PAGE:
By Matt Majendie
BBC Sport in Paris
Five-time Tour de France winner Bernard Hinault insists Lance Armstrong cannot call himself the greatest cyclist of all time even if he wins the next two Tours.
Armstrong is this year bidding for a fifth win to match the feat of Hinault, Eddy Merckx, Jacques Anquetil and Miguel Indurain.
And such is his billing as favourite - bookmakers have him at 2-7 to win come the end in Paris on 20 July - followers of the Tour are already talking about the Texan winning a record sixth time in 2004.
But Hinault told the BBC Sport website: "Even if he does do win the next two, he cannot go around calling himself 'the greatest'.
"Sure, he is a great cyclist - one of the best there has ever been.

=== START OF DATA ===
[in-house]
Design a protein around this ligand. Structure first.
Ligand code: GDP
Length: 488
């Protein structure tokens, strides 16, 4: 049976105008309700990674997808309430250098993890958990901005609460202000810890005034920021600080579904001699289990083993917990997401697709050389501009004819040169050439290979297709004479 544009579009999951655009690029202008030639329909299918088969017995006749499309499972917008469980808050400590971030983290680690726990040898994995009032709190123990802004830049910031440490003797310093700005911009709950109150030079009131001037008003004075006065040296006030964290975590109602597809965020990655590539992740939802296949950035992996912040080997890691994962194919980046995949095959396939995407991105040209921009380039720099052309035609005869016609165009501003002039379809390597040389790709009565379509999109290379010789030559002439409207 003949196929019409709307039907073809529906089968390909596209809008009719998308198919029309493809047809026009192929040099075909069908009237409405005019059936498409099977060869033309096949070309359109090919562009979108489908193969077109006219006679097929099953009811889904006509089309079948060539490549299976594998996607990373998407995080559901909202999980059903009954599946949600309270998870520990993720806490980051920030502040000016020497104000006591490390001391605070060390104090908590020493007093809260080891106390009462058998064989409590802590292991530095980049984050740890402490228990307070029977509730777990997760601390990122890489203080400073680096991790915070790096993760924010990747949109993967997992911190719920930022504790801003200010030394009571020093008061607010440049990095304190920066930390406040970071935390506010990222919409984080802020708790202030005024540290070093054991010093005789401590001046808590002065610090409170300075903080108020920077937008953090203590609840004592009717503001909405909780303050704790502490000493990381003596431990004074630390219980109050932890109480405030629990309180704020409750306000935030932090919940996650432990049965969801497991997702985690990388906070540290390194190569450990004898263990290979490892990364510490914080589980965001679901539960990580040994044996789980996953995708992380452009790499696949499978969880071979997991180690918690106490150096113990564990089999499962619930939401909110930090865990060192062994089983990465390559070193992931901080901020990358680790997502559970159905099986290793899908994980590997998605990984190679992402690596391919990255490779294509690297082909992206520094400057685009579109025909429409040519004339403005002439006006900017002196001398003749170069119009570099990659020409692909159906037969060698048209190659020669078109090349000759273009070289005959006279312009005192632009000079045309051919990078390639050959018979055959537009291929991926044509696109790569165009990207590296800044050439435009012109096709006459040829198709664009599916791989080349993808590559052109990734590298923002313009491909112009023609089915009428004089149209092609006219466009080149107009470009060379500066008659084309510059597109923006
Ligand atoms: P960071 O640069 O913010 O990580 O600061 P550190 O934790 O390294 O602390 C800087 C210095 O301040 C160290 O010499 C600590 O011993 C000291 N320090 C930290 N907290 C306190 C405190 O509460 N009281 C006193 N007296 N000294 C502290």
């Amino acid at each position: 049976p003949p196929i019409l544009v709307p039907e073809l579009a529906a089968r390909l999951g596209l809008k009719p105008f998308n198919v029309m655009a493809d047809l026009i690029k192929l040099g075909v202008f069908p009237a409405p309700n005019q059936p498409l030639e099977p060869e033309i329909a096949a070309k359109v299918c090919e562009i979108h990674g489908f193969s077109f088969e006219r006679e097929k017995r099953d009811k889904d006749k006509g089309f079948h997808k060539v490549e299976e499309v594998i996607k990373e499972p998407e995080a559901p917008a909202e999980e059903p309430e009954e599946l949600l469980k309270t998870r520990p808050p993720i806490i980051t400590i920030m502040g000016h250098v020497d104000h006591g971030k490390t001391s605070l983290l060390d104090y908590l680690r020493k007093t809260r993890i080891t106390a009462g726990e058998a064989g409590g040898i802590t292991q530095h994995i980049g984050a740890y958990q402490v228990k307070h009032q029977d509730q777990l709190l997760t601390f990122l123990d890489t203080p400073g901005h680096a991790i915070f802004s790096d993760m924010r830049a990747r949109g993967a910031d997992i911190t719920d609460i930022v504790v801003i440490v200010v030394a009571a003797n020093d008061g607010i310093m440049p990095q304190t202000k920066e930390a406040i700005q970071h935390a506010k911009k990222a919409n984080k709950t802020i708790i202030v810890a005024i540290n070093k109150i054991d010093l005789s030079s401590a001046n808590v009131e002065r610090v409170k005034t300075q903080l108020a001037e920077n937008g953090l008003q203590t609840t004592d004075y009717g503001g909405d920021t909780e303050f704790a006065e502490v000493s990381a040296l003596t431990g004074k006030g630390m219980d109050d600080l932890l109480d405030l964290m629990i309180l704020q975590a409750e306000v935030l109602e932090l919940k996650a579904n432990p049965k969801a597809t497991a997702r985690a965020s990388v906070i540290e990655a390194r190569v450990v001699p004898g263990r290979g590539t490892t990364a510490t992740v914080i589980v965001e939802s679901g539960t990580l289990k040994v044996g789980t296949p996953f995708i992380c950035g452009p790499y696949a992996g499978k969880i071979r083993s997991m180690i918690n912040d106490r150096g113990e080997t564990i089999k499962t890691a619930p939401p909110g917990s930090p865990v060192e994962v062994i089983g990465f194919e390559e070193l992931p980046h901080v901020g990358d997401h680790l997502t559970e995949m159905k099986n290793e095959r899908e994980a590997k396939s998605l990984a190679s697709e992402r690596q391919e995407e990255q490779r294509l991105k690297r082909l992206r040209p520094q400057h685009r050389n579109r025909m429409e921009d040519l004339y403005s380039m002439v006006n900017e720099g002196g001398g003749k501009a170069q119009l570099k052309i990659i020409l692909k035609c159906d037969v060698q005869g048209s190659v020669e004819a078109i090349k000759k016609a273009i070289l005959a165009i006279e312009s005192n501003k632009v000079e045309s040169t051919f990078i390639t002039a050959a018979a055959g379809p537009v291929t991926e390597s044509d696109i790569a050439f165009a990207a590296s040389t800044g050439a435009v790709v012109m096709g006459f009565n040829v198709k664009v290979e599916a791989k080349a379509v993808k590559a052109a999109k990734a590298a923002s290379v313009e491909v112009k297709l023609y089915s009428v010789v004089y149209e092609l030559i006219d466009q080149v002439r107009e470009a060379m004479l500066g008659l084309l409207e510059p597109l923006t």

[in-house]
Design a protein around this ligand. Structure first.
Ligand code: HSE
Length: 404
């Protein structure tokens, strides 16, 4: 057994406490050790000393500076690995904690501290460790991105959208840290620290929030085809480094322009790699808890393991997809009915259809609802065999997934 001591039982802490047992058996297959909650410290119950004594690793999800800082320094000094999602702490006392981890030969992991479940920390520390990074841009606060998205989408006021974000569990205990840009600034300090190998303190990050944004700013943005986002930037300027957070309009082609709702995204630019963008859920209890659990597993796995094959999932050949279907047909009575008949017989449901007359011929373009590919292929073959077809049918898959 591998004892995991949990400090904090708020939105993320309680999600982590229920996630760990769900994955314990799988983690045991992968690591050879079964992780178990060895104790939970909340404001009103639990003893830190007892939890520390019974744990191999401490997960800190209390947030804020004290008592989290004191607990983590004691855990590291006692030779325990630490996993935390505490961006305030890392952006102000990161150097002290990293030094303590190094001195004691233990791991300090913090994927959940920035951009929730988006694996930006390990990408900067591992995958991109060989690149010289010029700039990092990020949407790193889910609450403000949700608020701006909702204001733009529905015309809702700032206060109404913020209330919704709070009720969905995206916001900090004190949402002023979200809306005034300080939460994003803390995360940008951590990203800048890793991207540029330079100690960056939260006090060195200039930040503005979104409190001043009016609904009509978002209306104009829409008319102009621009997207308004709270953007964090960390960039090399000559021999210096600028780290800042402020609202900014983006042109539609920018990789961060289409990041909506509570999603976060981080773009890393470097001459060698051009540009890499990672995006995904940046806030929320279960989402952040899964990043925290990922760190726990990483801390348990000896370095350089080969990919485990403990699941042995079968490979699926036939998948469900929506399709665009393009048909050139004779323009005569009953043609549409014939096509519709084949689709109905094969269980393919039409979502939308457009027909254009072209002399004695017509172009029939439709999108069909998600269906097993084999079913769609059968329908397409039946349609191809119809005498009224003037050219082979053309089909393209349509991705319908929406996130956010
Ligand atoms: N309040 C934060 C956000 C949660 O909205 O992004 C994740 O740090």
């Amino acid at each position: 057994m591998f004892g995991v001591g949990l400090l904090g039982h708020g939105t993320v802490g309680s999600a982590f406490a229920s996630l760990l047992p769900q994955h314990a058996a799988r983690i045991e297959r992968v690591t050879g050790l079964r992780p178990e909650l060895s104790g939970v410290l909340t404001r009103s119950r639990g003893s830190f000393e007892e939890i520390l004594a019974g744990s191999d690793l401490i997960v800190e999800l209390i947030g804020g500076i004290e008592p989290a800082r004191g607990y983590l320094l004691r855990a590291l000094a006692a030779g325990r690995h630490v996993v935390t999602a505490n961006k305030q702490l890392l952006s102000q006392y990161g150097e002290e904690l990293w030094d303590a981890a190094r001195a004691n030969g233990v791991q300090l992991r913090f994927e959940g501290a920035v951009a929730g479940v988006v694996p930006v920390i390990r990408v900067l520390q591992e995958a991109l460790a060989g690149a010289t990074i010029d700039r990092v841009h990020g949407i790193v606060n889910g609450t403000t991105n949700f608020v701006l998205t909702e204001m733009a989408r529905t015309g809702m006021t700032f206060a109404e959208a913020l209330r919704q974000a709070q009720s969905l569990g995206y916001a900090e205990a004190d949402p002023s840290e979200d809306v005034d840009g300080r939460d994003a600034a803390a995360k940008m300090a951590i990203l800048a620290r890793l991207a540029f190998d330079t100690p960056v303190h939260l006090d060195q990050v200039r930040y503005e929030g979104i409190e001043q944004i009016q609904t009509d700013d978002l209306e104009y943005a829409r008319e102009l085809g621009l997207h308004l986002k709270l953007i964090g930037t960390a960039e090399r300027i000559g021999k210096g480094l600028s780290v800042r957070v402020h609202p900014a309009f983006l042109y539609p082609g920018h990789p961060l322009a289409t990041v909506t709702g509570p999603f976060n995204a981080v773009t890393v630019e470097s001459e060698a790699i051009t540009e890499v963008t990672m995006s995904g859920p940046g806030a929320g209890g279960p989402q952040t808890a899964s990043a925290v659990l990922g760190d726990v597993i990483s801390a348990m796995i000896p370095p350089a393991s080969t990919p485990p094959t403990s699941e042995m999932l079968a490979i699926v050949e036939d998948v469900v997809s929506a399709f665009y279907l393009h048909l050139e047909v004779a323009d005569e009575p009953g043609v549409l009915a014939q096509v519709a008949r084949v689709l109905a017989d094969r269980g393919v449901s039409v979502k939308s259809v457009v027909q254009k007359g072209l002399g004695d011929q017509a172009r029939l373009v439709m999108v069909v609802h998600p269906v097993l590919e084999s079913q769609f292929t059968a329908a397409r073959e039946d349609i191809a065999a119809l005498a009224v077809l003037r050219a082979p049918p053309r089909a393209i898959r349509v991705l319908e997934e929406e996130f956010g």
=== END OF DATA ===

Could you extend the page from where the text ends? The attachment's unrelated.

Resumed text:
"But all this talk of who is the greatest is too difficult to work out.
"I'm too old to race him now of course but who knows what would have happened if he'd been riding in my era.
"The same goes for Merckx, Anquetil and Indurain. It's just speculation and no one will ever really know who is the greatest."
Despite downplaying Armstrong's achievements, Hinault insisted a fifth win was a virtual certainty for the US Postal rider.
Hinault said: "2003 will once again be Armstrong's Tour - no question.
"Who is there to stop him? You have [Joseba] Beloki, [Jan] Ullrich and [Tyler] Hamilton of course, but none of them have the all-round ability to outdo Armstrong.
"During his last four wins he has been the leading time triallist and then caused his rivals to collapse in the mountains with attack after attack.
"That'll happen again and the American will be in yellow once again in Paris."
The Tour begins in Paris on Saturday with the opening prologue, which Armstrong is favourite to win.